OFFICES IN MISSOURI & ILLINOIS

St. Louis Missouri region (636) 391-2188
Chicago Illinois region (312) 229-0074

Psychological Risk Training Services

 

Protecting Your Principal: Analyzing and Managing Inappropriate and Threatening Correspondence

Public figures and corporate leaders are at greater risk of being harassed or pursued by members in society.  Both groups are reporting an increase in the frequency they are receiving inappropriate or threatening correspondence from either anonymous and identified persons or groups of interest.  Attendees will learn how to gather, document, assess, manage, and archive this correspondence using a standardized screening process.  This proactive method will assist in determining the identity of an unknown individual or group, credibility, risk level, interventions, and which cases should undergo further analysis, investigation, and assessment. 

Attendee Learning Objectives:

  • Provide a brief summary of the current research related to inappropriate and threatening correspondence;
  • Discuss the benefits and limitations to responding to such communiqué, especially when it comes from an anonymous source;
  • Provide the rationale for creating and implementing a standardized screening process;
  • Discuss how to select, recruit, and train personnel;
  • Discuss the workflow process including: identifying the points of entry; collection, documentation, and preservation of the correspondence; and conducting a preliminary screening using known risk enhancing and risk reducing factors;
  • Learn the techniques used to identify an anonymous person or group of interest using linkage analysis; identify the potential target(s) and assess level of vulnerability; assessing the credibility of the communiqué and assigning a preliminary risk level; and reviewing intervention and management strategies to mitigate exposure;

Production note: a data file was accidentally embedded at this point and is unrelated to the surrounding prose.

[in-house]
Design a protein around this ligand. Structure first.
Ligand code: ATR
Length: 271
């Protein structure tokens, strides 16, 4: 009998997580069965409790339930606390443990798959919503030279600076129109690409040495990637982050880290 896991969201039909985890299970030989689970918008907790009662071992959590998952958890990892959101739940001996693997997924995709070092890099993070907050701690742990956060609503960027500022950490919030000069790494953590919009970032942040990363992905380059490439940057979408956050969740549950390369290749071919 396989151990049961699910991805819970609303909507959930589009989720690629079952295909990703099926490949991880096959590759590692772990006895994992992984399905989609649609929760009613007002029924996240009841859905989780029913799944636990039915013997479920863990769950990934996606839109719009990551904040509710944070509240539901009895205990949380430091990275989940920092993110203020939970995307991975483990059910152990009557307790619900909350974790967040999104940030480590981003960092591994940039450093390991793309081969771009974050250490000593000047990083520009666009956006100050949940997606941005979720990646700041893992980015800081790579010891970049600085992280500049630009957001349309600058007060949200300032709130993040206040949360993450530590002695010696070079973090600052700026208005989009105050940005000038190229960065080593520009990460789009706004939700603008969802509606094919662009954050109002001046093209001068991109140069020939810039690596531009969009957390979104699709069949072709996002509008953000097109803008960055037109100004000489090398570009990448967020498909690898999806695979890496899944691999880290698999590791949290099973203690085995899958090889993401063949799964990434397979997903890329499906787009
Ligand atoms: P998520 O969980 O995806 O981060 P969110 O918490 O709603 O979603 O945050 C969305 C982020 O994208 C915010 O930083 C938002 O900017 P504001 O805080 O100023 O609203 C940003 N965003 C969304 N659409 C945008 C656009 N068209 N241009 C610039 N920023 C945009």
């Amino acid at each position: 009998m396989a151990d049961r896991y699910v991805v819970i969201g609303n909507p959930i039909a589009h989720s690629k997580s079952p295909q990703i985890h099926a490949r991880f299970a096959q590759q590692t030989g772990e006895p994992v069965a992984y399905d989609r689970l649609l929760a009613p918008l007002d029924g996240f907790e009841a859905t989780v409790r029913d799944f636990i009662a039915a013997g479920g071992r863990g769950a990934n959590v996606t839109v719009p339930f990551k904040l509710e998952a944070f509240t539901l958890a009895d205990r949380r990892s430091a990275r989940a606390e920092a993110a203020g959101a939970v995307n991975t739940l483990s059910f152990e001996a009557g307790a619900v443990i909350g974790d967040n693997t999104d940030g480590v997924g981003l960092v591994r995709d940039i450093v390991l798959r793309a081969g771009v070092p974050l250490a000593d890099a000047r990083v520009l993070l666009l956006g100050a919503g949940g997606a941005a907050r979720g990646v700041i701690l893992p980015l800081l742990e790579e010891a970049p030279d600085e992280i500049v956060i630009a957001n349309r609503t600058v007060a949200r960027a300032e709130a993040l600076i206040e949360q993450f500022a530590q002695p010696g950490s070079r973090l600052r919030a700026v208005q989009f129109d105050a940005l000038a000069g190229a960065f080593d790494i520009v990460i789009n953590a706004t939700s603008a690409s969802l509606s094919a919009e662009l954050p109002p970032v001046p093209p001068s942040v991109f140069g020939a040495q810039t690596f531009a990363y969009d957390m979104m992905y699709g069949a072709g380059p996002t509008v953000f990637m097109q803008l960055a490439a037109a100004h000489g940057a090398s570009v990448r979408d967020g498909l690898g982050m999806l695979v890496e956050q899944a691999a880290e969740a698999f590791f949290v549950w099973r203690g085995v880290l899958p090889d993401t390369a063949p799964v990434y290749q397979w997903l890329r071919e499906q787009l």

• Attendees will learn which cases to refer for additional analysis, investigation, and assessment; and
  • Discuss the benefits of consulting with a mental health risk assessment professional.

Indirect Psychological Violence Risk and Threat Assessments

Public figures and corporate leaders are at greater risk of being harassed or pursued by members in society.  If the person or group of interest is identifiable, security and protection managers have the option of conducting an indirect psychological violence risk and threat assessment.  Indirect assessments involve gathering as much relevant background information about the person or group of interest as possible, for example, criminal history, investigative reports, surveillance media, and inappropriate communications.  These sources of information are then compared to known risk enhancing and risk reducing factors to help determine if the person or group is moving toward or away from engaging in any attack-related behaviors.  Attendees will learn how to gather, document, assess, manage, and archive these data sources using a standardized screening process.  This proactive method will assist in determining the credibility, risk level, interventions, and which cases should undergo further analysis, investigation, and assessment.

Attendee Learning Objectives:

  • Discuss the benefits and limitations of an indirect violence risk and threat assessment;
  • Provide the rationale for creating and implementing a standardized screening process;
  • Discuss the workflow process including: data collection, documentation, and preservation; and conducting a preliminary screening using known risk enhancing and risk reducing factors;
  • Learn the techniques used to identify a person or group of interest using linkage analysis; identify the potential target(s) and assess level of vulnerability; assessing the credibility of the person or group of interest and assigning a preliminary risk level; and reviewing intervention and management strategies to mitigate exposure;
  • Attendees will learn which cases to refer for additional analysis, investigation, and assessment; and
  • Discuss the benefits of consulting with a mental health risk assessment professional.

Preventing Workplace Violence: Establishing an Interdisciplinary Threat Assessment Team

Preventing workplace violence continues to be a top priority.  Many mid to large sized organizations are creating an interdisciplinary threat assessment team using existing personnel without significantly increasing staff workload or expense, and reducing overall exposure.  Attendees will learn the rationale, mission, benefits and limitations of this approach; how to select, recruit, and train appropriate team members; how to assign roles and responsibilities; and overall workflow process.  The threat assessment team will provide the organization with a standardized, best practice approach in how to identify, assess, and manage a disgruntled, hostile, or potentially dangerous current or former employee, client, vendor, or other third party individual or group.